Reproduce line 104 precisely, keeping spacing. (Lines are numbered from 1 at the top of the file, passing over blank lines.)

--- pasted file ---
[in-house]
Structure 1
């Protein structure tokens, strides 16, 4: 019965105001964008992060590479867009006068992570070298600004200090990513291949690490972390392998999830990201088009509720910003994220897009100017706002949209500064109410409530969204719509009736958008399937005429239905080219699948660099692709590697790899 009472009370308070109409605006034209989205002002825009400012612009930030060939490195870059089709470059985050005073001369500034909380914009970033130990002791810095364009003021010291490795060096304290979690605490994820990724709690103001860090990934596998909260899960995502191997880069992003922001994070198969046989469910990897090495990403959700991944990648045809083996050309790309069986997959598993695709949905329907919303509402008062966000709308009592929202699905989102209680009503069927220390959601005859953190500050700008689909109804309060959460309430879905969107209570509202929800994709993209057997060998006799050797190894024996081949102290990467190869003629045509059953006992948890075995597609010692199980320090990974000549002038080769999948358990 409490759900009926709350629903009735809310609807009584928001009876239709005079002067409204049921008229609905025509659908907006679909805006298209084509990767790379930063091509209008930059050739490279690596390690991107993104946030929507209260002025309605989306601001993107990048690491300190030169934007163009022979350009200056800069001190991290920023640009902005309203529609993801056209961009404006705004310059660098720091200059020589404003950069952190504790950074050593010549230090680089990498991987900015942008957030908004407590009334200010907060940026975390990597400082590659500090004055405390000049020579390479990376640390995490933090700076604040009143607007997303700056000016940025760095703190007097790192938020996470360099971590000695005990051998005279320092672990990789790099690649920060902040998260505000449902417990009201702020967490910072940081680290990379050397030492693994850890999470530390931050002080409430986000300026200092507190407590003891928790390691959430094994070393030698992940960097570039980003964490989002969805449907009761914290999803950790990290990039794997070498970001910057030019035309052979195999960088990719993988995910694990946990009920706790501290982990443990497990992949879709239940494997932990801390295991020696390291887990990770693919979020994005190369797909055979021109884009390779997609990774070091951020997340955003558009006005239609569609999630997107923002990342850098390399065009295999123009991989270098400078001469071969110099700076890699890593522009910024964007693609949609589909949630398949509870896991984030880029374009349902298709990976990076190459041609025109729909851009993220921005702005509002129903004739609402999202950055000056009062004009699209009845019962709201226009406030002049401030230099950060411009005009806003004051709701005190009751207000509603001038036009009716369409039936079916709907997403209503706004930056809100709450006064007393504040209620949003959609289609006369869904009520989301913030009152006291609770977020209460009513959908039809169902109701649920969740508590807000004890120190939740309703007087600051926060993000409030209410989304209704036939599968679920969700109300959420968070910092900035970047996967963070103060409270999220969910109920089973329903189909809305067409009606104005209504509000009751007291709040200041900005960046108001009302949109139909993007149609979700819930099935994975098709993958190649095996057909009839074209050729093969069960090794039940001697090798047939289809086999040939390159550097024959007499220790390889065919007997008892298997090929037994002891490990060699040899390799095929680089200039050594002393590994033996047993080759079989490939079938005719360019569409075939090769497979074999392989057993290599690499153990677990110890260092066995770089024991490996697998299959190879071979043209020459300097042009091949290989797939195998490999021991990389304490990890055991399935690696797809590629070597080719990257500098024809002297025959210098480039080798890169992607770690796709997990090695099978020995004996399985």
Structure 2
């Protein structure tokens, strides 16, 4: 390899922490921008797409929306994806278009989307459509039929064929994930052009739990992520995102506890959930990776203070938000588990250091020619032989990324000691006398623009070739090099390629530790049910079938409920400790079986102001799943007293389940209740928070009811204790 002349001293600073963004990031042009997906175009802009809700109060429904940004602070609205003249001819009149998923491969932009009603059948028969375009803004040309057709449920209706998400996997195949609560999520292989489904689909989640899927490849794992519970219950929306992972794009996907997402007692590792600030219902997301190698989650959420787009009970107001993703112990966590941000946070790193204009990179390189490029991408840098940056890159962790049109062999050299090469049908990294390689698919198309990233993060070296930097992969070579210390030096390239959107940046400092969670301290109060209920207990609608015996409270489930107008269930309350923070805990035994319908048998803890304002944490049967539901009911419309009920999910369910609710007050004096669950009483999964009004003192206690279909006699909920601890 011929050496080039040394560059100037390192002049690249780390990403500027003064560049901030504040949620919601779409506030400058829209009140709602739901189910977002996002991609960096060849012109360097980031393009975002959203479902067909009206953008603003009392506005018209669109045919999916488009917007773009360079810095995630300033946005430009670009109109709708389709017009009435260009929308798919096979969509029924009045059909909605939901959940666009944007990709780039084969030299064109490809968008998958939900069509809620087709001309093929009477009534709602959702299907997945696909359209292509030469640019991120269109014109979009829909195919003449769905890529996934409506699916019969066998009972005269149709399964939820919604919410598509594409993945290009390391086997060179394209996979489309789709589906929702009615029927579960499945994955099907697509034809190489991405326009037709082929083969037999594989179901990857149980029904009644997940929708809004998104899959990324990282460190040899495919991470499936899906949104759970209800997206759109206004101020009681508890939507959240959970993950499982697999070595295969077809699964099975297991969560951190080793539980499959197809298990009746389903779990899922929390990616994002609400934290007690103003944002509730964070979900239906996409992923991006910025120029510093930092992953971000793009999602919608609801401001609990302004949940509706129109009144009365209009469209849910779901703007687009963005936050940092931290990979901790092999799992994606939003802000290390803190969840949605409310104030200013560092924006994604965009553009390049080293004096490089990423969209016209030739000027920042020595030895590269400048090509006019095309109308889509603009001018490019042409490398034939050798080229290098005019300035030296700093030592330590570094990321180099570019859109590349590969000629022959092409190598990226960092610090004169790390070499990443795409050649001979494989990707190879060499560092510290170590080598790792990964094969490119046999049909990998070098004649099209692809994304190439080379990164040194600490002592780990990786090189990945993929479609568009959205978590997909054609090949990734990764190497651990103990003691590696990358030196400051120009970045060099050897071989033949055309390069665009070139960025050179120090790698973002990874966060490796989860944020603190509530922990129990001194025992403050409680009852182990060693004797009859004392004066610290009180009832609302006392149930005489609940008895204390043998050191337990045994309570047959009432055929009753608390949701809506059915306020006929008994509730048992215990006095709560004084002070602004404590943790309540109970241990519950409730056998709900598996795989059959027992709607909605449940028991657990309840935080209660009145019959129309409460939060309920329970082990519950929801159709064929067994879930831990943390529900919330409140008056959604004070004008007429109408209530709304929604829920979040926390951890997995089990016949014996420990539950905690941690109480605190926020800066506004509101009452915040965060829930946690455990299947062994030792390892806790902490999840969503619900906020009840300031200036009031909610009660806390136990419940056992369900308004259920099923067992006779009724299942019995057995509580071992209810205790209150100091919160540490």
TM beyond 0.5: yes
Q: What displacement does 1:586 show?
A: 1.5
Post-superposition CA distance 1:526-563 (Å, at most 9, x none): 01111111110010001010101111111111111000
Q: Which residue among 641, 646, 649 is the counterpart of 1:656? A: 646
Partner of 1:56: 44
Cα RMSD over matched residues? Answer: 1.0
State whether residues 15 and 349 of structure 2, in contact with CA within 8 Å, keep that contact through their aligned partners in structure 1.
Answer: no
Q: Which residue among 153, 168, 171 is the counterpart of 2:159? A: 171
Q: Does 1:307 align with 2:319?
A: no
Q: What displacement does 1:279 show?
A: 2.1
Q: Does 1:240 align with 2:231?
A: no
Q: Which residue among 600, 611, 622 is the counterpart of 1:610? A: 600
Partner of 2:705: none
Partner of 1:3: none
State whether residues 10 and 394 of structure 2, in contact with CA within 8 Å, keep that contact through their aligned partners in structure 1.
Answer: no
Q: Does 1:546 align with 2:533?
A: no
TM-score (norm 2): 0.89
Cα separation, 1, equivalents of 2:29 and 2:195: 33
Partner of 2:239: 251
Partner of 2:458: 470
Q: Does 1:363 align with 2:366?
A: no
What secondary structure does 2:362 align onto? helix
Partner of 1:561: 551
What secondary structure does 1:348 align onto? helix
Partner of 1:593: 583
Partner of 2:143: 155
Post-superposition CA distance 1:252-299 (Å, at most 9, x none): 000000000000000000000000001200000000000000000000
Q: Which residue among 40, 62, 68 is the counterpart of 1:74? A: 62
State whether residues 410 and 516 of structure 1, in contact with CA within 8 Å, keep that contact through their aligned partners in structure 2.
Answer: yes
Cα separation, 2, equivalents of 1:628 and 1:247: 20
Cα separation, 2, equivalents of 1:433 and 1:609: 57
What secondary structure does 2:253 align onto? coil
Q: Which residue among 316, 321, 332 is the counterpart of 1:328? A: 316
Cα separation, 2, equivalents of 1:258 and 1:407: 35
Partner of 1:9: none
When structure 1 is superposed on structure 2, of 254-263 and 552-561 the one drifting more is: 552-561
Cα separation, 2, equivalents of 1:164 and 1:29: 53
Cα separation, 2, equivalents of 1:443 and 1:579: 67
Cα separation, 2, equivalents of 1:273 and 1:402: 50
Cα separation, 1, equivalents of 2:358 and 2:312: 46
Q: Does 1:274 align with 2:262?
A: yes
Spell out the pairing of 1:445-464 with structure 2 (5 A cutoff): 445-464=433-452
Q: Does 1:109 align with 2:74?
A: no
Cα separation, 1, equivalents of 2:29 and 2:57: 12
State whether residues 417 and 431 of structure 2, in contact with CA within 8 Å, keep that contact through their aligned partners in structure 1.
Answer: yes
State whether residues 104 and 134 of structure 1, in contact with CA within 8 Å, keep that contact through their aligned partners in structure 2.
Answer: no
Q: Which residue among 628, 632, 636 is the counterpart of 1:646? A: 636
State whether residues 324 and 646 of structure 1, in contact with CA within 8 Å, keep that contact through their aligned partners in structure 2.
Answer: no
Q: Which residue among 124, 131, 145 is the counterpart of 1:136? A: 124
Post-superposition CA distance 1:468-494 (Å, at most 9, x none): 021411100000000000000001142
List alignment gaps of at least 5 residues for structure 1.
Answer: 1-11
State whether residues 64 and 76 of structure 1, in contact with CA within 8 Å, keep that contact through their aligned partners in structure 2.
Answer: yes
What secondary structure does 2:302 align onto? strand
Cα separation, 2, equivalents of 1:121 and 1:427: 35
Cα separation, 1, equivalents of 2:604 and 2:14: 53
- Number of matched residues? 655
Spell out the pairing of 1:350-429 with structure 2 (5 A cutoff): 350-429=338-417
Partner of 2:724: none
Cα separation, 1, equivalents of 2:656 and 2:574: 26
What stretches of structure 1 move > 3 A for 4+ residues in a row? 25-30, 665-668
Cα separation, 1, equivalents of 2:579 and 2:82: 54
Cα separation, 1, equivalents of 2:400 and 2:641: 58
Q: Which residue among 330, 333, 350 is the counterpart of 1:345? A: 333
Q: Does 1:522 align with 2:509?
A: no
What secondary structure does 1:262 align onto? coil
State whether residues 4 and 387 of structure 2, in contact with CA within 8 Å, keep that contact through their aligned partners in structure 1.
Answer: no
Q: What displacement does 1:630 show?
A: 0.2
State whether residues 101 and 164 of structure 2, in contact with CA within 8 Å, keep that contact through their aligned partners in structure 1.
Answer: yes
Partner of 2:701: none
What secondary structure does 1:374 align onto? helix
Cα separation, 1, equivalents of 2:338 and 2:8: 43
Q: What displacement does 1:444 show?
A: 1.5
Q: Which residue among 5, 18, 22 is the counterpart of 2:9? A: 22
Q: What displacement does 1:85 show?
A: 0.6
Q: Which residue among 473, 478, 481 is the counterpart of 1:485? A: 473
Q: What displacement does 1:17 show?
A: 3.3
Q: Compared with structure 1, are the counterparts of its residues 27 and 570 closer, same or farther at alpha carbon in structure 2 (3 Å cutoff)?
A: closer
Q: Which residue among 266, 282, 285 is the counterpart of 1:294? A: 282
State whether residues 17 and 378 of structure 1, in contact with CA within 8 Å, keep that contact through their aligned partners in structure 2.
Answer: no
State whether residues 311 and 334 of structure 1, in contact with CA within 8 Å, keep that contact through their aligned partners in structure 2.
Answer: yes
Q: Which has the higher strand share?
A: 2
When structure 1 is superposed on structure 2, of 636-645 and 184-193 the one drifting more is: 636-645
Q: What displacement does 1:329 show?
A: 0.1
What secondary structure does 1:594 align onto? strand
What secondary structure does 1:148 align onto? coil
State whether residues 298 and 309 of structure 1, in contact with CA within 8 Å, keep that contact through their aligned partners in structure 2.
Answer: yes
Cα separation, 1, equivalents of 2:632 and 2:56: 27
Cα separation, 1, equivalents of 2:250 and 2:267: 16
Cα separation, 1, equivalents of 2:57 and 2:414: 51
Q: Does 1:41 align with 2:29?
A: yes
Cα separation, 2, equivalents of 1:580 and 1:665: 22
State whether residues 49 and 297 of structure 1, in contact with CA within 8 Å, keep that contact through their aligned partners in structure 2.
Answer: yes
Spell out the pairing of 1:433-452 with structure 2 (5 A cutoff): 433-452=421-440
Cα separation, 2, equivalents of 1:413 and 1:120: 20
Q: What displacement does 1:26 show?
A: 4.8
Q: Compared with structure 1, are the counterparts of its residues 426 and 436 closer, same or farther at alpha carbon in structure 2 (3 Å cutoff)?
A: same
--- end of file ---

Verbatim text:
A: 3.3